Melina Sedó: Ha! That‘s a great example of what I said: good technique builds self-esteem. I hope the readers don‘t get the impression that that question was just a set up.
Cassiel: Hmm, even if I'm not particularly macho, my basic strategy when things go wrong, is that it's all the leader’s fault.
Melina Sedó: That’s just b*******. There are loads of mistakes that followers can make. If that wasn’t the case, they would hardly need lessons, would they? But to get back to your question, we use the body’s natural movement, counter body rotation, to prepare for each step, forward or back, in parallel. This means that you have an additional channel of communication, which allows you to propose a movement, which your partner will have plenty of time to respond to. If all you do is push faster, all you get will be bigger strides and heated looks from the follower. Have a look at our teaching video:
[In French. MsH has a translation on her blog: it's here.]
This is just one part of our summary of a five day workshop in Tarbes, which illustrates some of our concepts. The counter body movement comes towards the end of the clip. And there is even more on that in our classes.
Cassiel: What are your views on short teaching videos, even YouTube videos?
Melina Sedó: Well, any talented, educated person can learn some things from well-made videos, even short clips on Youtube, so long as the person can process visual input well. Naturally, this method of learning will lack any sort of feedback and subsequent correction, which many people require in order to learn, especially if they don't have a good sense of their own procipriation or are beginners. Even a good video is no substitute for a good lesson, though it could well be better than a bad lesson. We looked after a practice group in New York, using a mixture of video and written instructions. They wanted further instruction in our approach and there was no one around who could help them. It is possible, if you really have no other options.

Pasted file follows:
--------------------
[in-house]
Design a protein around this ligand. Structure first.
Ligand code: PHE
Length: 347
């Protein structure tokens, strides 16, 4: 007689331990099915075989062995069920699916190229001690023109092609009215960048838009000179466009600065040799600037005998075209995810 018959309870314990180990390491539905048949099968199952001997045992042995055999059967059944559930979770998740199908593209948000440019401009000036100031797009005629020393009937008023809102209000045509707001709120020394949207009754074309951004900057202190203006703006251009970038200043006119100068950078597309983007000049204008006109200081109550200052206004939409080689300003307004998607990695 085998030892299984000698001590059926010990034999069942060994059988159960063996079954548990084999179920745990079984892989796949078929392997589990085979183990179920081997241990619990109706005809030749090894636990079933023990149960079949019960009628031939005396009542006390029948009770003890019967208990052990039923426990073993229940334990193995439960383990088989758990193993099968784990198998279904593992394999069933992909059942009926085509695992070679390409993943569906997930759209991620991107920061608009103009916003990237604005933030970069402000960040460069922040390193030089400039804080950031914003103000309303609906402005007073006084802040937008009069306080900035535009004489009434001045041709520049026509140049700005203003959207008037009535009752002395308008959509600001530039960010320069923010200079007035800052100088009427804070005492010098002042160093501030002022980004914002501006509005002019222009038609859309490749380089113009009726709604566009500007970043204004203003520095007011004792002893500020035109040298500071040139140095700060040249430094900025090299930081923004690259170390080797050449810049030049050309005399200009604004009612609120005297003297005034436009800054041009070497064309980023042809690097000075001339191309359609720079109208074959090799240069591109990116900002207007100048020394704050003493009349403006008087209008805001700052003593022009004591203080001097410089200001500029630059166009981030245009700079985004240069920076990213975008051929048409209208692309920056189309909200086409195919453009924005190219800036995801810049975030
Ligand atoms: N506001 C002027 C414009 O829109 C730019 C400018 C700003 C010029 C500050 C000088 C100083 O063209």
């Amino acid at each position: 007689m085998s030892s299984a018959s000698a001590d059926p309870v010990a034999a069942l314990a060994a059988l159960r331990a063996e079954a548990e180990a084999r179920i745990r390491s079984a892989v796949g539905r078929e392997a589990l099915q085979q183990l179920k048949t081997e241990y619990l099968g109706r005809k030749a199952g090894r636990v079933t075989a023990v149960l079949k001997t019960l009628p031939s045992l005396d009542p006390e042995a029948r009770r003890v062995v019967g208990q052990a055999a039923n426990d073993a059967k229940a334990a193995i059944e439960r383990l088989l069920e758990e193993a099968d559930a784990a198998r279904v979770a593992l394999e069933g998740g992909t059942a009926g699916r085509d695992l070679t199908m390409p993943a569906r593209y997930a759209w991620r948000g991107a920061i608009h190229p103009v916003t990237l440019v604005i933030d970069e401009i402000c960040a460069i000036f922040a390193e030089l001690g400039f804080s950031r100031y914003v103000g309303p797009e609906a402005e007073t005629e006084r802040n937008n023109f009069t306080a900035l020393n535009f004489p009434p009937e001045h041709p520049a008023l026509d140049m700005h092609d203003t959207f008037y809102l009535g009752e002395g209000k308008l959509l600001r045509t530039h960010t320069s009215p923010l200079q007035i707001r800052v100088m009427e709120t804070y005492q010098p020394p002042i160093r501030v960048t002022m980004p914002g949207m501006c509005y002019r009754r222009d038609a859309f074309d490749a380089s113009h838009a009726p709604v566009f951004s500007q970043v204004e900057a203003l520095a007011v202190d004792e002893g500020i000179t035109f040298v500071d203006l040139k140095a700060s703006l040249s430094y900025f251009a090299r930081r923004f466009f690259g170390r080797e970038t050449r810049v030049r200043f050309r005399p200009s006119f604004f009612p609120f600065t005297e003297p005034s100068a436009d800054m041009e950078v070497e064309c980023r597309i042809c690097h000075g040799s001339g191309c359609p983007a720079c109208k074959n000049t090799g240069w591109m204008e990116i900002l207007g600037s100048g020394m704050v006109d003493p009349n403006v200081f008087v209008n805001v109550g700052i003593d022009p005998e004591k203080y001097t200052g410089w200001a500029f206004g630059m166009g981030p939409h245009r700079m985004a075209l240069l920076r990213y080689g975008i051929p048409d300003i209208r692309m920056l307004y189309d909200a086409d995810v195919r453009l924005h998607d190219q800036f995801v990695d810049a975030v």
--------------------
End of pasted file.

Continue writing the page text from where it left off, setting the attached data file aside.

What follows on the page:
Cassiel: And the inevitable question: are you a tango addict? What is your score?
Melina Sedó: 248: 31 Milongas, 8 of 19 possible 'yes' answers. ***
My high risk of addiction to tango comes from the number of milongas I attend, though they are almost exclusively for business purposes. In the past twelve weeks I've probably visited a milonga just for fun four times. I tend to dance very little at milongas, apart from demos, because I so seldom get asked to dance or because I‘m just too tired after teaching all day. Sadly, that’s what comes of making my hobby into my job; nowadays I seldom get a chance to really dance. It‘s a pity, but it‘s bound to change again in future.
Cassiel: Dear Melina, thank you so very much for taking the time for us. What do you want to add, the last words should be your own. What do you wish for, for Tango?
Melina Sedó: For myself, I wish that Tango stays with me till I'm really very old indeed and that I never lose my pleasure in it. And for the Tango itself, I hope it grows and prospers, rather than stagnating and that it provides pleasure for ever more people. We mostly covered issues in development and education in this interview. We shouldn’t forget, how many people find something positive for themselves at classes, or at a milonga.
Tango can make us feel happy and satisfied.
[*** Cassiel refers to his 'test for addiction', which is to be found here.]